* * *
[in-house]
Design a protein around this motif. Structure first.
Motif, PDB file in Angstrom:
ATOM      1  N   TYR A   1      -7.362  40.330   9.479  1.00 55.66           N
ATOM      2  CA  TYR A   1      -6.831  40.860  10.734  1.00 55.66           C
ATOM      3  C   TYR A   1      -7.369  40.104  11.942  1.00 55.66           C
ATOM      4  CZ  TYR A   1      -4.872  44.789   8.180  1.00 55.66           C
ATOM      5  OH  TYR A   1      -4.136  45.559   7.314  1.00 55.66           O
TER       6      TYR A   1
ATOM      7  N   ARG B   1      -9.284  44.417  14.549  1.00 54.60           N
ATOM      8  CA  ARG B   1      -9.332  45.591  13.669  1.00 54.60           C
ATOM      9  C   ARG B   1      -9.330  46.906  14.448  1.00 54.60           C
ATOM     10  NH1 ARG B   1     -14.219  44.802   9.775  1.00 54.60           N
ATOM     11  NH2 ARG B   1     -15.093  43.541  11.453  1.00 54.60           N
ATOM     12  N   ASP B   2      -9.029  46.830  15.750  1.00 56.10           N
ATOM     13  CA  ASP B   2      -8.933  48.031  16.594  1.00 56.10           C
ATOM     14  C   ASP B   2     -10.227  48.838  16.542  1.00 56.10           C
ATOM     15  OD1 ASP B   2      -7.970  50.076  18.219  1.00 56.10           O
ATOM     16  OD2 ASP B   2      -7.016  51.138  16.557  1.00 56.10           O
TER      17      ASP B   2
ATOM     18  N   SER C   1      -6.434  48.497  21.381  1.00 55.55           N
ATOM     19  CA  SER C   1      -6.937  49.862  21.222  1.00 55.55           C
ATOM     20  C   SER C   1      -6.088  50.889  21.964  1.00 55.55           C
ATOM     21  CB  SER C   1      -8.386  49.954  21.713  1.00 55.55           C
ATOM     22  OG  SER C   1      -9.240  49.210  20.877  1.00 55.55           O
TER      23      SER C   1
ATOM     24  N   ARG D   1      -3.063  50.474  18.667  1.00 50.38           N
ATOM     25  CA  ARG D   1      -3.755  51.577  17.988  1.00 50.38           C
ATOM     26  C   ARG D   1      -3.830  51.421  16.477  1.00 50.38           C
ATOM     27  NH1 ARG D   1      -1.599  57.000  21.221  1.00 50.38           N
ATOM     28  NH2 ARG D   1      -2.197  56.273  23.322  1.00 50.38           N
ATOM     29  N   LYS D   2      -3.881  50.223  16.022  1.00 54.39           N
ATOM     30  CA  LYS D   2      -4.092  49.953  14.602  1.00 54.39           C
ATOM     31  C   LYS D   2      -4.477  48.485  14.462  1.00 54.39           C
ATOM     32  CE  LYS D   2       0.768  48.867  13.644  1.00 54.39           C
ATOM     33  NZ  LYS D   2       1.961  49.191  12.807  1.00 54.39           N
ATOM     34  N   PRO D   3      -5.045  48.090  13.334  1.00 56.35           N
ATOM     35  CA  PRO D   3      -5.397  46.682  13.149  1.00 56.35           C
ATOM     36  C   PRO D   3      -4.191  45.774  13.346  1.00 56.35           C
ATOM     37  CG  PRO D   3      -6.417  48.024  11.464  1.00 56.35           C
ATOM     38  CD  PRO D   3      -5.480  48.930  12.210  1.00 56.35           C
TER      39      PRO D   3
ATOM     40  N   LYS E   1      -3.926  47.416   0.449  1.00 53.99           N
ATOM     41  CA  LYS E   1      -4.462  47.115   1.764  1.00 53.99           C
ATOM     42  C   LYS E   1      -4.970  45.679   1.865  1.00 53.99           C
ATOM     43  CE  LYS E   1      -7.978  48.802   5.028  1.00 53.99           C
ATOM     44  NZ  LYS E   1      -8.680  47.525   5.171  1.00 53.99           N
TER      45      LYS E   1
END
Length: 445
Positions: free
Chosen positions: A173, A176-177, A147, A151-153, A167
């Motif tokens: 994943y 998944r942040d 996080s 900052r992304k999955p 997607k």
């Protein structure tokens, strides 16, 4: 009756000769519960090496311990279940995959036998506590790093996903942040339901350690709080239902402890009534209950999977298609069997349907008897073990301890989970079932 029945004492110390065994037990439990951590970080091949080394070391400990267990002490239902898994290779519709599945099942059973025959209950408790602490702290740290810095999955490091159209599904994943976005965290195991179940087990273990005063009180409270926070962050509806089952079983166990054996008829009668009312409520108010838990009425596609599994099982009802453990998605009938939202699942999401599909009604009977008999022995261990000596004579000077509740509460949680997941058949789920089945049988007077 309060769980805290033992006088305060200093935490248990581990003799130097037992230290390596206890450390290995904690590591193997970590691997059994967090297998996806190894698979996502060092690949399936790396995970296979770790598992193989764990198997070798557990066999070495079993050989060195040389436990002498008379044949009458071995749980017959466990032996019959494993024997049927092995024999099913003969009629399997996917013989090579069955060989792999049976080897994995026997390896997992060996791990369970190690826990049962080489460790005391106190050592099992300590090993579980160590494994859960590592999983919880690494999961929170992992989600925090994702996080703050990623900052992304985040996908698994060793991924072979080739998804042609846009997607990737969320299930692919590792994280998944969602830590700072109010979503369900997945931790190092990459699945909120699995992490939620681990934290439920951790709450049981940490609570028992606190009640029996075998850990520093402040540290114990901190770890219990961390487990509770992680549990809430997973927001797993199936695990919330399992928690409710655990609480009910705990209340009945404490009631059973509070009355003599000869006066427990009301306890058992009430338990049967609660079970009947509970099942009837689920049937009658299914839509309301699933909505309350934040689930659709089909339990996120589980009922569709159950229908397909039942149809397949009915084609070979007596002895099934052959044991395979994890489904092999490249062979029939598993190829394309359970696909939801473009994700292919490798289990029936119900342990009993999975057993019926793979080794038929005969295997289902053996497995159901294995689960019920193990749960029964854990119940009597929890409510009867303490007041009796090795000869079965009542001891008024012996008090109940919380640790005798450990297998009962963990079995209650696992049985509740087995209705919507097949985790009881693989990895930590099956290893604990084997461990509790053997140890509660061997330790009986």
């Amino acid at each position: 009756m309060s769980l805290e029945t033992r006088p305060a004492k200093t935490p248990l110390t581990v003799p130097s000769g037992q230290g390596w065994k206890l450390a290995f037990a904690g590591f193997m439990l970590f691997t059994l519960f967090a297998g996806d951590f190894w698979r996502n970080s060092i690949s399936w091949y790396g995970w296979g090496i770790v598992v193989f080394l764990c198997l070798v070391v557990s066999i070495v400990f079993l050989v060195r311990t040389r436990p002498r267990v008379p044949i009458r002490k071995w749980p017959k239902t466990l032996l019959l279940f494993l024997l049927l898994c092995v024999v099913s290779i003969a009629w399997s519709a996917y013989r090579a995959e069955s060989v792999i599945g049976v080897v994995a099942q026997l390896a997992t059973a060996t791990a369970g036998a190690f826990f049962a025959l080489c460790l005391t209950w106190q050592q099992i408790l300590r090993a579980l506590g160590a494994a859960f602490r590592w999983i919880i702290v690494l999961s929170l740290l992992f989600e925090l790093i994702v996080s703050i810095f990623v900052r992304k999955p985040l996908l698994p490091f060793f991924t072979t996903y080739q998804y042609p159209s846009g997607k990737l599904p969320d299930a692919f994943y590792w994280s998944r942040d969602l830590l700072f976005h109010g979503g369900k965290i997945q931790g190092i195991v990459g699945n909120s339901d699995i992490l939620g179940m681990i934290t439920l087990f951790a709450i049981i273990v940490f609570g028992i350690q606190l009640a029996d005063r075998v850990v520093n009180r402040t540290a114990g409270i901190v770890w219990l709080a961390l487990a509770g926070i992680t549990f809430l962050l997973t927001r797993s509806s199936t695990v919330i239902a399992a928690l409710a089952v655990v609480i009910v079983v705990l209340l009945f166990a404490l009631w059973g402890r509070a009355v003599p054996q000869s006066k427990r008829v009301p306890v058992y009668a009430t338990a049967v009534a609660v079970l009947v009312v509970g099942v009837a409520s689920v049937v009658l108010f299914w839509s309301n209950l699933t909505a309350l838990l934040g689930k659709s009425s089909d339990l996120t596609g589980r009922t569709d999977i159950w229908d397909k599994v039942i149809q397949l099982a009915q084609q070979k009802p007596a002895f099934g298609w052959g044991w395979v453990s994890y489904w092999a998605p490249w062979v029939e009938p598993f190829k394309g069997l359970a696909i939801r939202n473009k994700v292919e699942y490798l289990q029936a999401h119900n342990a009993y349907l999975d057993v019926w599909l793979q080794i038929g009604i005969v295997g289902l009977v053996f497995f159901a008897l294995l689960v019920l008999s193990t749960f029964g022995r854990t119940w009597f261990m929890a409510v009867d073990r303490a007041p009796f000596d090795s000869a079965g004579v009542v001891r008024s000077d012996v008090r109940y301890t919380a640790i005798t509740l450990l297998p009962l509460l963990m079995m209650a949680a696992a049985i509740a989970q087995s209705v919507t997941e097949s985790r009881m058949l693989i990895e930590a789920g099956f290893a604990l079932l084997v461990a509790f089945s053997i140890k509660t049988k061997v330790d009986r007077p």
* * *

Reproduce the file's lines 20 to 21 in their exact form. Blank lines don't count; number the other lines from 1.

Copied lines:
TER      17      ASP B   2
ATOM     18  N   SER C   1      -6.434  48.497  21.381  1.00 55.55           N